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The fabled building in Macon, Georgia where many Southern Rock's most iconic songs and albums were recorded has been saved from the wrecking ball and will reopen as both a museum and working studio by the end of 2019.

The studios the late Phil Walden, his brother Alan and Frank Fenter teamed-up to operate became a second home in Macon for the Allman Brothers Band and attracted many of the other southern bands and artists of the 70's, including the Marshall Tucker Band, Wet Willie, Elvin Bishop, Grinderswitch, Cowboy, the Outlaws, Delbert McClinton, the Dixie Dregs, Stillwater and Sea Level.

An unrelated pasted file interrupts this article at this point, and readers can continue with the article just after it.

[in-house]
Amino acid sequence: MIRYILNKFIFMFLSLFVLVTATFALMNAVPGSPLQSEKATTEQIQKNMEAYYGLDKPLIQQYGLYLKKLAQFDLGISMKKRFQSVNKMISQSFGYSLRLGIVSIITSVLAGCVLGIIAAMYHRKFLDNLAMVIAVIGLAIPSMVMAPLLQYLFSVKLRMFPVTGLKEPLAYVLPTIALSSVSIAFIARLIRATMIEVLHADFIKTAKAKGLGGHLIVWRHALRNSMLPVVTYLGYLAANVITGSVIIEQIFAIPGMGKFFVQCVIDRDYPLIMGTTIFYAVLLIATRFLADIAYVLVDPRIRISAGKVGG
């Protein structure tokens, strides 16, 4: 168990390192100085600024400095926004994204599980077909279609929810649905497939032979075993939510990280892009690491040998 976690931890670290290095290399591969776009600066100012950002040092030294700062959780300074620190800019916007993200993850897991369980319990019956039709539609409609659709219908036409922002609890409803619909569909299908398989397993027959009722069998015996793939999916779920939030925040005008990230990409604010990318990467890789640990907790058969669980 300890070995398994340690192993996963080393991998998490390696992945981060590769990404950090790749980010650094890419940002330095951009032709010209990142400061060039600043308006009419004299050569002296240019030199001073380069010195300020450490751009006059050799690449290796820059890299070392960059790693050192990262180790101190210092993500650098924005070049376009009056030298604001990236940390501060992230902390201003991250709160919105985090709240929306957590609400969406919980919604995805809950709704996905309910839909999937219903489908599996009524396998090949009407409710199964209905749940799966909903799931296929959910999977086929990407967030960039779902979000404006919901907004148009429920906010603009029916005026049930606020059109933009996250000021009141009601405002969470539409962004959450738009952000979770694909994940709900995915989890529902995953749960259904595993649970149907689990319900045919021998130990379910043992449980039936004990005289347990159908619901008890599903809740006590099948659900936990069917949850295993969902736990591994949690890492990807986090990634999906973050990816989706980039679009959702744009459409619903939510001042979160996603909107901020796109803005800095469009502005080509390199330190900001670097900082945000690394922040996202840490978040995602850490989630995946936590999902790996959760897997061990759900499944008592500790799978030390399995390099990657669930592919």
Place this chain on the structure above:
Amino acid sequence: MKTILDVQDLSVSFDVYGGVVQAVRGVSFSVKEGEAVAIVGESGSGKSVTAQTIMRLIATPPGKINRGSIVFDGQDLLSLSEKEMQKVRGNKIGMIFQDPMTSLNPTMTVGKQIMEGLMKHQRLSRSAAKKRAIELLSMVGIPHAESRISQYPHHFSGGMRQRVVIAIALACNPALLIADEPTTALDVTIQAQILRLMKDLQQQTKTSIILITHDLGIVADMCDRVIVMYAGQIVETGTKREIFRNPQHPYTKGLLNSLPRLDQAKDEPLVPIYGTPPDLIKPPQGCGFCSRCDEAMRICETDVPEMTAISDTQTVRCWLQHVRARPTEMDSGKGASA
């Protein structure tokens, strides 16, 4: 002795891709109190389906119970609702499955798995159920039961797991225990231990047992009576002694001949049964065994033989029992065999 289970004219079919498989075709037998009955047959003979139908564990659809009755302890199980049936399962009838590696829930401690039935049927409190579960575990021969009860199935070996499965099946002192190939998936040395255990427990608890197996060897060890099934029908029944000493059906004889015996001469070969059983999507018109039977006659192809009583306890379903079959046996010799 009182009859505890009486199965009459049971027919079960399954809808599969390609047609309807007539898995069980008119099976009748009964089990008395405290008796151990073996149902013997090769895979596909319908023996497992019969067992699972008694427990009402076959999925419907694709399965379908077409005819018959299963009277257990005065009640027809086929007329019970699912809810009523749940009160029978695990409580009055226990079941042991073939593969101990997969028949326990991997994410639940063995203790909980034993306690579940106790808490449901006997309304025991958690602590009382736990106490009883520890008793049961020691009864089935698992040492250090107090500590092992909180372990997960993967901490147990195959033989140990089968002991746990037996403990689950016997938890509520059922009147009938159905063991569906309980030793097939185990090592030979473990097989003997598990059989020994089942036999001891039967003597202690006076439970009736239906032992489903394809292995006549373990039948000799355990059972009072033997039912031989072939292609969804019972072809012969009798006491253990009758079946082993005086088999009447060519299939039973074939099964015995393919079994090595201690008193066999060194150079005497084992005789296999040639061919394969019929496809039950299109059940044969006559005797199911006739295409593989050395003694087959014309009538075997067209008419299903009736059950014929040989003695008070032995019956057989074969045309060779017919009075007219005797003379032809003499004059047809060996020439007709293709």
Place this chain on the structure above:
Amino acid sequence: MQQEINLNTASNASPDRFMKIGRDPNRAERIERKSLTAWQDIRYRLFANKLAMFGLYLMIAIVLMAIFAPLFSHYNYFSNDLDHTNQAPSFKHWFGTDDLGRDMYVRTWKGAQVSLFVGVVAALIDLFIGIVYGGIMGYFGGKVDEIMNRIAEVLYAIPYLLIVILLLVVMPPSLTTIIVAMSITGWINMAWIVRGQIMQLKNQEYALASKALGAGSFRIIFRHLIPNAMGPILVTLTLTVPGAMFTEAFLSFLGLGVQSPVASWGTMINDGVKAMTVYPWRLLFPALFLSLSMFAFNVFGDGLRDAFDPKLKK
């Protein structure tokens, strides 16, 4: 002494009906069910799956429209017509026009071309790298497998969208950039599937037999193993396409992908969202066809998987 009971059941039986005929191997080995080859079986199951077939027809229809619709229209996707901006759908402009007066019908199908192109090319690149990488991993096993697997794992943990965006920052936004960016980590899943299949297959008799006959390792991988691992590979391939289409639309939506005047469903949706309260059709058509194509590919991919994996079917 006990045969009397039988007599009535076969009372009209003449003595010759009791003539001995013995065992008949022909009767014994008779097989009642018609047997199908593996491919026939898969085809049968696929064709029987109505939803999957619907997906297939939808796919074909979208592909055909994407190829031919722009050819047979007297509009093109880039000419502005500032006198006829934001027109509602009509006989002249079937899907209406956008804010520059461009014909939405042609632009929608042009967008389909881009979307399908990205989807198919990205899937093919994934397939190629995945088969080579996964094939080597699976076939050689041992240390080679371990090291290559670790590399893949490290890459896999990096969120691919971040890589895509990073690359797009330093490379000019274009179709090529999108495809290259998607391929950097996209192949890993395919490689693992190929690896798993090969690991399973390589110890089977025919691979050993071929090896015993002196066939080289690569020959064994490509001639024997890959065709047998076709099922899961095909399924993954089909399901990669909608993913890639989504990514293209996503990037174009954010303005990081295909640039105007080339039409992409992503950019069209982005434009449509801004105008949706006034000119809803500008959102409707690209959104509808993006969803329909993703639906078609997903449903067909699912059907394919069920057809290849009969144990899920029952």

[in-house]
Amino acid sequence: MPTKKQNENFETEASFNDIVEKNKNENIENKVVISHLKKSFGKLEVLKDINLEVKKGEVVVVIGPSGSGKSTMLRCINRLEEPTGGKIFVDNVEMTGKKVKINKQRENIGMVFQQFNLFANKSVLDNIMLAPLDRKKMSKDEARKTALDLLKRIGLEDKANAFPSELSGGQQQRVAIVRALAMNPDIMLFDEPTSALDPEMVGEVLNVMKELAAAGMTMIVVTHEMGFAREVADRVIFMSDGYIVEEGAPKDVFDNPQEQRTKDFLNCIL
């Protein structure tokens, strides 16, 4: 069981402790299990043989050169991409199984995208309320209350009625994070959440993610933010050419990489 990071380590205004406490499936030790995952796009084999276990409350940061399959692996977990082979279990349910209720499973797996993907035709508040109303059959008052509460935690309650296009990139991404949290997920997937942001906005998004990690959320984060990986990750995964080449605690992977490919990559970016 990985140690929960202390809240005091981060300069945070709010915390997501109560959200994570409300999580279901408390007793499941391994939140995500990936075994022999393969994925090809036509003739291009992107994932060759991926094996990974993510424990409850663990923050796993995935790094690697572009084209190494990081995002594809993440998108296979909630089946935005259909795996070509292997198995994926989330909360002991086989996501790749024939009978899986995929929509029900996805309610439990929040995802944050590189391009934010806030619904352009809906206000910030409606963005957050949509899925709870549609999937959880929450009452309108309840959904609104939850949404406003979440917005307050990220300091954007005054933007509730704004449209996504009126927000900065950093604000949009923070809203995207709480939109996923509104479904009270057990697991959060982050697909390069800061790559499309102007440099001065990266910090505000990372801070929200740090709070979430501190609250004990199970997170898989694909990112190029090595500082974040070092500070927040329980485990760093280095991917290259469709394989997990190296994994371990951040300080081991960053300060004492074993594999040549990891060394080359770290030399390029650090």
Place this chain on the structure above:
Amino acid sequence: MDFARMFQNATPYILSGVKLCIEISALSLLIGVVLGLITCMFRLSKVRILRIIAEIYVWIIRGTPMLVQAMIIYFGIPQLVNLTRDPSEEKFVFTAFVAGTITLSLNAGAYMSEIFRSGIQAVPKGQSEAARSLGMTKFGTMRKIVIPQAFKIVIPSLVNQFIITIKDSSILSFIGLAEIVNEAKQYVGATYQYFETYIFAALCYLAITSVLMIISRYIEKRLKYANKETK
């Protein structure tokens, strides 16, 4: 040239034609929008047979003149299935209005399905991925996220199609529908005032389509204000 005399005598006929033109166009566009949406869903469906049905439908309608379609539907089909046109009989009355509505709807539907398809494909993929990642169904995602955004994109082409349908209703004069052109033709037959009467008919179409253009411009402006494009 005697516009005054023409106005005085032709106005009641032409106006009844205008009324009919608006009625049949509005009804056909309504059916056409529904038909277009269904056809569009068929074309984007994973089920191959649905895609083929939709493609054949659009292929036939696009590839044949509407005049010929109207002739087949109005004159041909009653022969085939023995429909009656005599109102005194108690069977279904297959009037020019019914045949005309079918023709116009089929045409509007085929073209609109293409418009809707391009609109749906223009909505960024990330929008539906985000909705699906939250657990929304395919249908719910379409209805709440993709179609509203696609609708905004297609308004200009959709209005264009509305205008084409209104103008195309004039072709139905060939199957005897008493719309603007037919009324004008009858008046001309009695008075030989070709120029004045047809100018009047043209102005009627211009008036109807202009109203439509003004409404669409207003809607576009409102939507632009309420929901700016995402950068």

$2 million in foundation funding with additional assistance assistance from Mercer University will transform the building listed as a Georgia Trust for Historic Preservation 'Places in Peril' structure into a museum of instruments, equipment and memorabilia related to the albums and musicians that made musical history in it and a music incubator offering more than a dozen rehearsal spaces available on a round the clock basis.

The re-opening of the Capricorn building is scheduled, for December 3 and will feature tours and live music.